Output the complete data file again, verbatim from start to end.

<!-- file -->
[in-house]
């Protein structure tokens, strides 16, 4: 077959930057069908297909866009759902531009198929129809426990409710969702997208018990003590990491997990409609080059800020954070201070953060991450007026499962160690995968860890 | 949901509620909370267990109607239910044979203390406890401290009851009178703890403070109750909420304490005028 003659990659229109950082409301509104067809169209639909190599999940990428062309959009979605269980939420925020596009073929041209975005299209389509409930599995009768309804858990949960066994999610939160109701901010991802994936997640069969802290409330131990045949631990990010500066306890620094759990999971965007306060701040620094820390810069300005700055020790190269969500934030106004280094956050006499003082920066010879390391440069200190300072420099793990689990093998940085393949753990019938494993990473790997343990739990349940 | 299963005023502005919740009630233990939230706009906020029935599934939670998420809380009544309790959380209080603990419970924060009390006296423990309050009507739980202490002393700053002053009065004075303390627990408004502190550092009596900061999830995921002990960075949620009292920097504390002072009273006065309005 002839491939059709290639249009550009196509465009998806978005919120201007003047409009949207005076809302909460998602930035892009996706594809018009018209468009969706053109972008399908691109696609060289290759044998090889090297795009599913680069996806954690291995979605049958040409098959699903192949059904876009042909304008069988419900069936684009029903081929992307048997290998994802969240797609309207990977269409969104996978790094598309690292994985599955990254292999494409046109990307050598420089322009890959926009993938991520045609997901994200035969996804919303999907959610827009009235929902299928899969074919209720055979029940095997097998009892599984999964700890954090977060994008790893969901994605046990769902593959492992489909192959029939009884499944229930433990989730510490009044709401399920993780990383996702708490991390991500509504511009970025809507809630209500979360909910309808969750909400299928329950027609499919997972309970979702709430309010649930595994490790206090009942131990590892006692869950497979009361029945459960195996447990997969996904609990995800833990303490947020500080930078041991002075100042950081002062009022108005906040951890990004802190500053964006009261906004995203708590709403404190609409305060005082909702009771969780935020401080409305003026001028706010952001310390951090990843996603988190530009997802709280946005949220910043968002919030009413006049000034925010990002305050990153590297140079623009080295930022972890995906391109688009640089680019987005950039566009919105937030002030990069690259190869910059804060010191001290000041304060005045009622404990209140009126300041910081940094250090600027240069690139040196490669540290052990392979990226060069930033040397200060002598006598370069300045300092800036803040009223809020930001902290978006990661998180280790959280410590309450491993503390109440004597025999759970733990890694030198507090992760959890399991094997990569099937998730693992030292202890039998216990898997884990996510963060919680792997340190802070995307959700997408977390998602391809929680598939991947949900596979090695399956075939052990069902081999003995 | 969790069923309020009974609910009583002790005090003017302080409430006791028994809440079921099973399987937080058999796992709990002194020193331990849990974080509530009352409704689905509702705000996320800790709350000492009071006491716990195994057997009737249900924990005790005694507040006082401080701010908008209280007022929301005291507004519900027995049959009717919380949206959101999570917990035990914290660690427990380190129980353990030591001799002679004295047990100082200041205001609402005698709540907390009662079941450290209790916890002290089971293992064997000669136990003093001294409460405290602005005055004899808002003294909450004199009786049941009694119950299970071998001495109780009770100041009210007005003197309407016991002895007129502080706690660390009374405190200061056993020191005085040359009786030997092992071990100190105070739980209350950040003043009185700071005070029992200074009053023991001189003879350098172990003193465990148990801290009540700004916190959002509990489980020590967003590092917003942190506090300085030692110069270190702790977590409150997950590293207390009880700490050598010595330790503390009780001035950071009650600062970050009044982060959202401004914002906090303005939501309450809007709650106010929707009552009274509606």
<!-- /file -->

[in-house]
């Protein structure tokens, strides 16, 4: 077959930057069908297909866009759902531009198929129809426990409710969702997208018990003590990491997990409609080059800020954070201070953060991450007026499962160690995968860890 | 949901509620909370267990109607239910044979203390406890401290009851009178703890403070109750909420304490005028 003659990659229109950082409301509104067809169209639909190599999940990428062309959009979605269980939420925020596009073929041209975005299209389509409930599995009768309804858990949960066994999610939160109701901010991802994936997640069969802290409330131990045949631990990010500066306890620094759990999971965007306060701040620094820390810069300005700055020790190269969500934030106004280094956050006499003082920066010879390391440069200190300072420099793990689990093998940085393949753990019938494993990473790997343990739990349940 | 299963005023502005919740009630233990939230706009906020029935599934939670998420809380009544309790959380209080603990419970924060009390006296423990309050009507739980202490002393700053002053009065004075303390627990408004502190550092009596900061999830995921002990960075949620009292920097504390002072009273006065309005 002839491939059709290639249009550009196509465009998806978005919120201007003047409009949207005076809302909460998602930035892009996706594809018009018209468009969706053109972008399908691109696609060289290759044998090889090297795009599913680069996806954690291995979605049958040409098959699903192949059904876009042909304008069988419900069936684009029903081929992307048997290998994802969240797609309207990977269409969104996978790094598309690292994985599955990254292999494409046109990307050598420089322009890959926009993938991520045609997901994200035969996804919303999907959610827009009235929902299928899969074919209720055979029940095997097998009892599984999964700890954090977060994008790893969901994605046990769902593959492992489909192959029939009884499944229930433990989730510490009044709401399920993780990383996702708490991390991500509504511009970025809507809630209500979360909910309808969750909400299928329950027609499919997972309970979702709430309010649930595994490790206090009942131990590892006692869950497979009361029945459960195996447990997969996904609990995800833990303490947020500080930078041991002075100042950081002062009022108005906040951890990004802190500053964006009261906004995203708590709403404190609409305060005082909702009771969780935020401080409305003026001028706010952001310390951090990843996603988190530009997802709280946005949220910043968002919030009413006049000034925010990002305050990153590297140079623009080295930022972890995906391109688009640089680019987005950039566009919105937030002030990069690259190869910059804060010191001290000041304060005045009622404990209140009126300041910081940094250090600027240069690139040196490669540290052990392979990226060069930033040397200060002598006598370069300045300092800036803040009223809020930001902290978006990661998180280790959280410590309450491993503390109440004597025999759970733990890694030198507090992760959890399991094997990569099937998730693992030292202890039998216990898997884990996510963060919680792997340190802070995307959700997408977390998602391809929680598939991947949900596979090695399956075939052990069902081999003995 | 969790069923309020009974609910009583002790005090003017302080409430006791028994809440079921099973399987937080058999796992709990002194020193331990849990974080509530009352409704689905509702705000996320800790709350000492009071006491716990195994057997009737249900924990005790005694507040006082401080701010908008209280007022929301005291507004519900027995049959009717919380949206959101999570917990035990914290660690427990380190129980353990030591001799002679004295047990100082200041205001609402005698709540907390009662079941450290209790916890002290089971293992064997000669136990003093001294409460405290602005005055004899808002003294909450004199009786049941009694119950299970071998001495109780009770100041009210007005003197309407016991002895007129502080706690660390009374405190200061056993020191005085040359009786030997092992071990100190105070739980209350950040003043009185700071005070029992200074009053023991001189003879350098172990003193465990148990801290009540700004916190959002509990489980020590967003590092917003942190506090300085030692110069270190702790977590409150997950590293207390009880700490050598010595330790503390009780001035950071009650600062970050009044982060959202401004914002906090303005939501309450809007709650106010929707009552009274509606």